BARRIGADA, Guam -- National Guard chiefs of staff from seven states visited Guam this week as part of ongoing efforts to prioritize Guam in regional and national defense strategy.
The seven U.S. Army colonels, arriving from as far away as New Mexico and Colorado, spent three days tackling common issues, sharing best practices, and learning about the island’s cultural, historical and geopolitical uniqueness. Chiefs of staff from the Utah, Nevada, Arizona, Hawaii and California National Guard also attended.
Col. David Santos, chief of joint staff for the Guam National Guard, invited his regional counterparts to strengthen relationships and understand some of the issues specific to Guam.
“With Guam being the only National Guard element this far west, it is important for us to sustain, build, and enhance our relationships with our regional partners to support each other,” said Santos. “You won’t understand the region until you put your foot on the ground and understand our culture, our people, and most importantly, our strategic location and the challenges we face.”
Col. Nathaniel Carper, chief of staff of the New Mexico National Guard, was among the visitors to the 30-by-10-mile island of approximately 160,000 U.S. citizens.
“It’s a phenomenal experience to understand,” said Carper. “We’ve heard a lot about the tyranny of distance during our visit here the last few days, and we’ve really come to appreciate that and understand the true expansiveness of the Pacific.”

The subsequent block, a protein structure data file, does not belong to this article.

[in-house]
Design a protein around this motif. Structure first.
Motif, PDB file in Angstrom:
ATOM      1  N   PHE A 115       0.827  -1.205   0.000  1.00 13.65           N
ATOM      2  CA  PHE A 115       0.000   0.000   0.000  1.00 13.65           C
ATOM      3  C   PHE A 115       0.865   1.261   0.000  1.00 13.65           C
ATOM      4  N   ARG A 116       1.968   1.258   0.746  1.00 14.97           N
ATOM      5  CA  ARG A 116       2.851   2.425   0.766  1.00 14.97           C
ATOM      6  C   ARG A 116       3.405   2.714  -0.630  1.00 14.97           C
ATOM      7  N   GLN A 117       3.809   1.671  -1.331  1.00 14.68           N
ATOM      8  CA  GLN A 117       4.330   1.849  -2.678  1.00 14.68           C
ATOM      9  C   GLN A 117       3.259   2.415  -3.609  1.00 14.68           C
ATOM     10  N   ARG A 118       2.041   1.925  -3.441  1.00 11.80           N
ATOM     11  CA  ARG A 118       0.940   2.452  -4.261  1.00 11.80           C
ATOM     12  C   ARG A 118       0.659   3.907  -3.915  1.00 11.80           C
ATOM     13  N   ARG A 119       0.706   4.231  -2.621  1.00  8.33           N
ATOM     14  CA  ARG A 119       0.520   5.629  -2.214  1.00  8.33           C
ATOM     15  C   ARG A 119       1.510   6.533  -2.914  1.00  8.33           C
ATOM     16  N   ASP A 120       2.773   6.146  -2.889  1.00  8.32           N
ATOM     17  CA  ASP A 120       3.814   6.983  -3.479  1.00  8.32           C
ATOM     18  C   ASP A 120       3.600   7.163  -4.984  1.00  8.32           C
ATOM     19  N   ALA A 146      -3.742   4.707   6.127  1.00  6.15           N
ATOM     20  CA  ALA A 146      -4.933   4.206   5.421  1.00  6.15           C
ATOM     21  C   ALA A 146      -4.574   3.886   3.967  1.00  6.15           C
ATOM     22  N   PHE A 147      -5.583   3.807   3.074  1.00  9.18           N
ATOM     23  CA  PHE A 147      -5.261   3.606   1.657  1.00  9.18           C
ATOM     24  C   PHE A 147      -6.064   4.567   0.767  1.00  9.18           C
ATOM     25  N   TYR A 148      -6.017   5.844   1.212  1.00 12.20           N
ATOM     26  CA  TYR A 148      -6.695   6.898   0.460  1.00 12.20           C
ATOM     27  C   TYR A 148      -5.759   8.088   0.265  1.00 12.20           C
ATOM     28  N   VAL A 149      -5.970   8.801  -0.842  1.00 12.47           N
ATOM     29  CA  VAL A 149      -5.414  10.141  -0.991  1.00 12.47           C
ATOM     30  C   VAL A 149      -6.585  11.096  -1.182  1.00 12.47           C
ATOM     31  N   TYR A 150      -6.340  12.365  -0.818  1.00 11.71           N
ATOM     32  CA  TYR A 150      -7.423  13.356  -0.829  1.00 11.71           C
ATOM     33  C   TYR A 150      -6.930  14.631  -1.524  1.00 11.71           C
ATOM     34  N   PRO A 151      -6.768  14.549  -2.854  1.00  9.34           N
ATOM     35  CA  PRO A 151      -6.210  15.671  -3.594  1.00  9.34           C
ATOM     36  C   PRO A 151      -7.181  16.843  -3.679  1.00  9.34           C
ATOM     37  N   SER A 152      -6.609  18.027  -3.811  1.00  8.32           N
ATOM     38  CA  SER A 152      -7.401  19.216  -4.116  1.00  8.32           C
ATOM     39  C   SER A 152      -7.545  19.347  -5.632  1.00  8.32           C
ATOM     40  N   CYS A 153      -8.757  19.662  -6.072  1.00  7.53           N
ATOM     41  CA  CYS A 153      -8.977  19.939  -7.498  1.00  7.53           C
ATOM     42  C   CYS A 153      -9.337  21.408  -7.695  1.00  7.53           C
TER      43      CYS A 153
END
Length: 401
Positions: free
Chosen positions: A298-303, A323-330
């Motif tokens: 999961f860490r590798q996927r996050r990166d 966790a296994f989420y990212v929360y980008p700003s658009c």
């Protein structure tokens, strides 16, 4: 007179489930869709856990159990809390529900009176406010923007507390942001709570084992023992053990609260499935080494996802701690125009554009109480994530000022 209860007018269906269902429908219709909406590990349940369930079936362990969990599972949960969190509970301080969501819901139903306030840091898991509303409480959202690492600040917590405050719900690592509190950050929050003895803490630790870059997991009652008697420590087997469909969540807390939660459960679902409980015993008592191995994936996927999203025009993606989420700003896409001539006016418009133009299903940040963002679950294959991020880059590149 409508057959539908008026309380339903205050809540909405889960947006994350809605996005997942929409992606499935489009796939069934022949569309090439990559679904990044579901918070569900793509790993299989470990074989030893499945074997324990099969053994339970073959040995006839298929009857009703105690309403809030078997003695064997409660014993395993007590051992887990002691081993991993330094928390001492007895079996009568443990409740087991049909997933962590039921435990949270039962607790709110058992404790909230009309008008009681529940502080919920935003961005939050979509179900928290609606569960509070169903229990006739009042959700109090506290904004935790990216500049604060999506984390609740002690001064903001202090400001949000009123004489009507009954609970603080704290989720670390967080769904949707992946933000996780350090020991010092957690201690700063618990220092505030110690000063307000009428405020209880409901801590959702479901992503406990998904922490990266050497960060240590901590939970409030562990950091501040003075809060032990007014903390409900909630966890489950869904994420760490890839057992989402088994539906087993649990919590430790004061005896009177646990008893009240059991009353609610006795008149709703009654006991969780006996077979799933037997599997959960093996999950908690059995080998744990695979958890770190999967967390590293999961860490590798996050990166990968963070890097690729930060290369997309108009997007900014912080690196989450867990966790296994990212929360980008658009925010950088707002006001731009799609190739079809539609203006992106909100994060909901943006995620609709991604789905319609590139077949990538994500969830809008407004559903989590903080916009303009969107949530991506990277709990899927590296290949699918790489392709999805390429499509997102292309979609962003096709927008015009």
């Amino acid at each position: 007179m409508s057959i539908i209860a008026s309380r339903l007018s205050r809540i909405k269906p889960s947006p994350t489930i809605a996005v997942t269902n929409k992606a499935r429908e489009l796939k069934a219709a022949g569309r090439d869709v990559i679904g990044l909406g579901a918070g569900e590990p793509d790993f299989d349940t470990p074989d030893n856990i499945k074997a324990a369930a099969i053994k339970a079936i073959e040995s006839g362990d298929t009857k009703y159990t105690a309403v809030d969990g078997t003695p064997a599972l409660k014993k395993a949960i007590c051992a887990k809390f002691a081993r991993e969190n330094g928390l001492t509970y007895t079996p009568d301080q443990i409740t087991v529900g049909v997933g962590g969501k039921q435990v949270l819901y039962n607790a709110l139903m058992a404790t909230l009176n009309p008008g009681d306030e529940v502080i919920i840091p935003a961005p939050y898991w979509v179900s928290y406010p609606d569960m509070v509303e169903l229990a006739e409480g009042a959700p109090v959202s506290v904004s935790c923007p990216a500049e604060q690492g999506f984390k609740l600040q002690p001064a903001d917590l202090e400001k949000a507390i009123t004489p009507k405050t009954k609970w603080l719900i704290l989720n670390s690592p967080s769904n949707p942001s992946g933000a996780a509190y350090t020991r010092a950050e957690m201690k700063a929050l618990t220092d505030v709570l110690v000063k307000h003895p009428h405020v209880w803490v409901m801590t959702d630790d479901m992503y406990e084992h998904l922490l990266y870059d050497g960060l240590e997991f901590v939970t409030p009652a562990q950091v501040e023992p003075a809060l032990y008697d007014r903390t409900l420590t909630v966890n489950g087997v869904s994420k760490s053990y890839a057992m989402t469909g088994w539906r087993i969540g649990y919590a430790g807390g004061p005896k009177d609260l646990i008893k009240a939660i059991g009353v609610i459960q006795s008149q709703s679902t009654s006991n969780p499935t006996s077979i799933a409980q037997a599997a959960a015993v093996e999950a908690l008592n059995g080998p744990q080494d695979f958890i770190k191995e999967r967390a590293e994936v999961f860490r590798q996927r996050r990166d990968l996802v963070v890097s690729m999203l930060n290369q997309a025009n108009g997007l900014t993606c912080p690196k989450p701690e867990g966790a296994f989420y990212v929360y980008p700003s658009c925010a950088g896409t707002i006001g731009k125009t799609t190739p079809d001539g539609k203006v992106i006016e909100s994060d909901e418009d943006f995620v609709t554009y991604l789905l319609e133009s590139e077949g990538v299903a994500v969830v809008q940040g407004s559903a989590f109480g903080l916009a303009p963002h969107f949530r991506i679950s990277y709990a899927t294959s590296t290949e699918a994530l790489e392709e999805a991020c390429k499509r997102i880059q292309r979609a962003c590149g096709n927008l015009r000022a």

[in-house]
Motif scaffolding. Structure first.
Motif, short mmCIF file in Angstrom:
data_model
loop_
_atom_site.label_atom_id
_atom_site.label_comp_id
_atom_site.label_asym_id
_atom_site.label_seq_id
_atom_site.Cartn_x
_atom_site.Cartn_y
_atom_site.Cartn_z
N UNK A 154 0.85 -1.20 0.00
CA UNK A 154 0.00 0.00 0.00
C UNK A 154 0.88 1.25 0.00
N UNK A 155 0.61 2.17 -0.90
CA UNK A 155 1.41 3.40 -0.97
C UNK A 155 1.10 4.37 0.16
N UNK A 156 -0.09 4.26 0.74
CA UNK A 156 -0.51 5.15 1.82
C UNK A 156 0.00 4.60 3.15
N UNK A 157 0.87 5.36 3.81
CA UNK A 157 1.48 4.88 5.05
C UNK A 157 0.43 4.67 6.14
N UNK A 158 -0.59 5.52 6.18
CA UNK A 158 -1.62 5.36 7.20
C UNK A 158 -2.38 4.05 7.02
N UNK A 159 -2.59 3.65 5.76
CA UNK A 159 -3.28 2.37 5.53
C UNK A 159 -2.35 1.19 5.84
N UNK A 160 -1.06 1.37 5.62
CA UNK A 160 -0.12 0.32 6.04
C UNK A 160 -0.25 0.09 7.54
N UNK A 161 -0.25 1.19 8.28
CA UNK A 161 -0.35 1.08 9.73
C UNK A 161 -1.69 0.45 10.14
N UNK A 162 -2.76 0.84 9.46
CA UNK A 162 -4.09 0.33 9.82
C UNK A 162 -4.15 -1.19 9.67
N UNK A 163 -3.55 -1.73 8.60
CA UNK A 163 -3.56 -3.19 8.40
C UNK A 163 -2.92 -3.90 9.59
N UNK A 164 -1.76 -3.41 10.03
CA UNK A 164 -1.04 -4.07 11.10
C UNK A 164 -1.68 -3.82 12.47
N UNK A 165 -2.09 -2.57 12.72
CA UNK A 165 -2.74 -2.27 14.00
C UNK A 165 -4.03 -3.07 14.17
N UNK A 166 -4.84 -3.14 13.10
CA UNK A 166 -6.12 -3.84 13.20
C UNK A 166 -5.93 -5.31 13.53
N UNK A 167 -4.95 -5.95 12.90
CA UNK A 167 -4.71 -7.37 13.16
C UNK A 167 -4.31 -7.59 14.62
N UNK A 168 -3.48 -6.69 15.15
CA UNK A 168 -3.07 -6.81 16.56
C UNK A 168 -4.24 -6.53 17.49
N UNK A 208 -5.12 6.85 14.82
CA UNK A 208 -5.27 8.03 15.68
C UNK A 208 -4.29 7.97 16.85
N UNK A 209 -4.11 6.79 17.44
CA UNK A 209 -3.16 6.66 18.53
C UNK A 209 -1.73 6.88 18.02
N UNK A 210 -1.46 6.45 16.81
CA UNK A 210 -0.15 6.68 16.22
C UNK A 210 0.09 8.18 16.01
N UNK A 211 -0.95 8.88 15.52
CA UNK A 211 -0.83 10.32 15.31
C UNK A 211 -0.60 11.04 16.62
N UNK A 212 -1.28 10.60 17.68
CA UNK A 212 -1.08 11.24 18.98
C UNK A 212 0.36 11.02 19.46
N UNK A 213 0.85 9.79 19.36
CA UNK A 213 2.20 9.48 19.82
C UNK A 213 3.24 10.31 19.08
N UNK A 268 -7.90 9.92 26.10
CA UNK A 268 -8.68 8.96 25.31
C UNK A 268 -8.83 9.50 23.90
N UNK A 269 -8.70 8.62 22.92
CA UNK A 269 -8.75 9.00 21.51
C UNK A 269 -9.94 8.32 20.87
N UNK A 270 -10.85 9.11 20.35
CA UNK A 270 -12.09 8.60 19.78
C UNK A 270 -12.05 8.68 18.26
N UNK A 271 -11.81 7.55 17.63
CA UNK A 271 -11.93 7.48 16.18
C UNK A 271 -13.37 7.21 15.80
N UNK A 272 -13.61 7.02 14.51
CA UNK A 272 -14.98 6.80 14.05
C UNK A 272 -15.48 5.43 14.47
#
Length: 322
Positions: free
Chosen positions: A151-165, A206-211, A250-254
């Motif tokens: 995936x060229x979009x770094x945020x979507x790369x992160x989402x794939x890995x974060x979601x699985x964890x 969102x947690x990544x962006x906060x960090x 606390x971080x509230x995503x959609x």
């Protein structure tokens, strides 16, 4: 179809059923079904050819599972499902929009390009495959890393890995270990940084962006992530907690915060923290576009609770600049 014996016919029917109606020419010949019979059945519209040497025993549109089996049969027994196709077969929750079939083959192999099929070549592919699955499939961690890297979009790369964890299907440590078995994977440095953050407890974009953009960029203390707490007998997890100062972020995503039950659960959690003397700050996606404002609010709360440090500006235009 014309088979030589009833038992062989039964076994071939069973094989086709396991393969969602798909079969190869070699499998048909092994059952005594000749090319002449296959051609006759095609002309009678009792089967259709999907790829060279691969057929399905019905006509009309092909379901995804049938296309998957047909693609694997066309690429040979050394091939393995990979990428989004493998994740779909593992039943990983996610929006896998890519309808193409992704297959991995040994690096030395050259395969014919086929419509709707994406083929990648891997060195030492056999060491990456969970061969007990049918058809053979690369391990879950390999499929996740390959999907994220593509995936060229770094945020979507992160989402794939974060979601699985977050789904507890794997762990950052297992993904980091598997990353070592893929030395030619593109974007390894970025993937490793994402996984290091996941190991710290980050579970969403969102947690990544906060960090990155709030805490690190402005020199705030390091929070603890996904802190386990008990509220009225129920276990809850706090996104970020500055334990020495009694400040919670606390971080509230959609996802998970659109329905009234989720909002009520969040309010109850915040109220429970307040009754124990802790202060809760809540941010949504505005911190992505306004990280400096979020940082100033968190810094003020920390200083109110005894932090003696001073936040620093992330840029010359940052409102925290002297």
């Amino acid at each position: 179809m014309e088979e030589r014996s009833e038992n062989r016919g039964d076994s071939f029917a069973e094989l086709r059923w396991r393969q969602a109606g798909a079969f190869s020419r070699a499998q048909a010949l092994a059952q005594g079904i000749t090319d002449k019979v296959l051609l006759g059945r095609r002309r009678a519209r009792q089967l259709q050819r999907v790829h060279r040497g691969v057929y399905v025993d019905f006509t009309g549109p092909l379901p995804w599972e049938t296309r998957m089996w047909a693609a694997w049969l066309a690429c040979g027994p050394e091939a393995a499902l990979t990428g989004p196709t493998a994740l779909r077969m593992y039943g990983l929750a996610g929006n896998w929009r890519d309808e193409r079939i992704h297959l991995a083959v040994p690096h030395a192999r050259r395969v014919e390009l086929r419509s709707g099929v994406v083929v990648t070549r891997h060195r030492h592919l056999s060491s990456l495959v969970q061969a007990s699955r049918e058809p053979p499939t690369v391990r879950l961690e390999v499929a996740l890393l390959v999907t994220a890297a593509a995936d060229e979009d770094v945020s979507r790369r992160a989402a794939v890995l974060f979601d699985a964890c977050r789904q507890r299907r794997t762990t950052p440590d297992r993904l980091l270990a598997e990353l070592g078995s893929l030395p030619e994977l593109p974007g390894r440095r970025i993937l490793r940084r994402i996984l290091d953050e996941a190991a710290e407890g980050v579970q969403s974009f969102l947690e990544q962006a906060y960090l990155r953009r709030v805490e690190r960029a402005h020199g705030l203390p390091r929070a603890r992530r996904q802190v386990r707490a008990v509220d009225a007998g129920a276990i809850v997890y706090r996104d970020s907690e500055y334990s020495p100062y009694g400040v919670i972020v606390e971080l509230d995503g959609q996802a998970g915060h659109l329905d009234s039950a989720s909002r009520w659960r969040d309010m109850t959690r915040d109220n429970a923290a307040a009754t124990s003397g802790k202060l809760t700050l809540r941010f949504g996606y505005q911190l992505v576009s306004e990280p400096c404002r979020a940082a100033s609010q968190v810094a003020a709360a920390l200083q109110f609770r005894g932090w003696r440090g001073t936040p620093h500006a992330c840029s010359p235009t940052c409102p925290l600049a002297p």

In addition to working groups and meetings, the colonels visited with Guam Gov. Lou Leon Guerrero and military officials from Joint Region Marianas headquarters. After work, they visited cultural and historical sites and attended the Chamorro Village night market.
Brig. Gen. Mike Cruz, adjutant general of the Guam National Guard, thanked the colonels during his opening remarks and conveyed a sense of urgency to prepare for the defense of Guam.
“World War II is a black-and-white war in our collective memory, with much of what remains being old photographs and videos. But for those of us on Guam like my grandmother, who was forced to watch while her brother and son were beheaded by an invading force, it is still very much in living color. It is red blood on white sand in front of blue ocean and sky. So thank you, chiefs, for taking the time to travel all this way. I hope you get a sense of that color while you are here.”